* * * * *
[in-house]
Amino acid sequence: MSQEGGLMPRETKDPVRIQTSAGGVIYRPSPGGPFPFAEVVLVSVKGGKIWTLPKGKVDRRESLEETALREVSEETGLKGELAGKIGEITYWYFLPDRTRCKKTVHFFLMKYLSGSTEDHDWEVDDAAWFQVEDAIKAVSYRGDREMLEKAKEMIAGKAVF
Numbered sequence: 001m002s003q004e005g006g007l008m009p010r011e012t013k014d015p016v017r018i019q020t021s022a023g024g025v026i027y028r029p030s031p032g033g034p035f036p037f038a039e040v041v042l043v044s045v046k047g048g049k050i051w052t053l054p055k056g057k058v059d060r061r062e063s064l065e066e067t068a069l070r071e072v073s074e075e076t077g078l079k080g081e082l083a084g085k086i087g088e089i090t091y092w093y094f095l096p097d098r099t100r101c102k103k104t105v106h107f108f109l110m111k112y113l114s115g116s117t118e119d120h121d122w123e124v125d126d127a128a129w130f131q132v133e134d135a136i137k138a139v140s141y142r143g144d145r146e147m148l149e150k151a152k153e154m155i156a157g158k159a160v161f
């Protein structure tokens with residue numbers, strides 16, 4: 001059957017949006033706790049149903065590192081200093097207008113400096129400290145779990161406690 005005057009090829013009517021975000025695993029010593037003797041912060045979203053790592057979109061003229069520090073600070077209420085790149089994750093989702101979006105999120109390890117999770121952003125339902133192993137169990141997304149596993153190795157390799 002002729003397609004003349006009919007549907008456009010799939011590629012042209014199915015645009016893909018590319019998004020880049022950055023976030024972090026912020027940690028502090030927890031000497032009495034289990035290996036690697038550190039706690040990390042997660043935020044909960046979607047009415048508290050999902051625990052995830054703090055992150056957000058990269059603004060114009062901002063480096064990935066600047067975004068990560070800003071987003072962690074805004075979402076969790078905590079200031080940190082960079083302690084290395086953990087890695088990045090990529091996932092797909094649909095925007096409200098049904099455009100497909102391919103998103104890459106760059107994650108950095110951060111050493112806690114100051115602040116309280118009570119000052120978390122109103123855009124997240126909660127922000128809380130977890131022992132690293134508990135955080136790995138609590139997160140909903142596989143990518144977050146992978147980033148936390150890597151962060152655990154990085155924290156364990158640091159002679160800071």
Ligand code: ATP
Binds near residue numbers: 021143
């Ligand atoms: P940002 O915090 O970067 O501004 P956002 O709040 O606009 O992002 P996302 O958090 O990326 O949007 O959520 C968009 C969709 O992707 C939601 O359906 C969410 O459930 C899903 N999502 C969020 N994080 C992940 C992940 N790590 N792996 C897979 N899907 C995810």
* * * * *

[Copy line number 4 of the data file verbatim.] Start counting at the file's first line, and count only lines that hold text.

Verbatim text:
């Protein structure tokens with residue numbers, strides 16, 4: 001059957017949006033706790049149903065590192081200093097207008113400096129400290145779990161406690 005005057009090829013009517021975000025695993029010593037003797041912060045979203053790592057979109061003229069520090073600070077209420085790149089994750093989702101979006105999120109390890117999770121952003125339902133192993137169990141997304149596993153190795157390799 002002729003397609004003349006009919007549907008456009010799939011590629012042209014199915015645009016893909018590319019998004020880049022950055023976030024972090026912020027940690028502090030927890031000497032009495034289990035290996036690697038550190039706690040990390042997660043935020044909960046979607047009415048508290050999902051625990052995830054703090055992150056957000058990269059603004060114009062901002063480096064990935066600047067975004068990560070800003071987003072962690074805004075979402076969790078905590079200031080940190082960079083302690084290395086953990087890695088990045090990529091996932092797909094649909095925007096409200098049904099455009100497909102391919103998103104890459106760059107994650108950095110951060111050493112806690114100051115602040116309280118009570119000052120978390122109103123855009124997240126909660127922000128809380130977890131022992132690293134508990135955080136790995138609590139997160140909903142596989143990518144977050146992978147980033148936390150890597151962060152655990154990085155924290156364990158640091159002679160800071």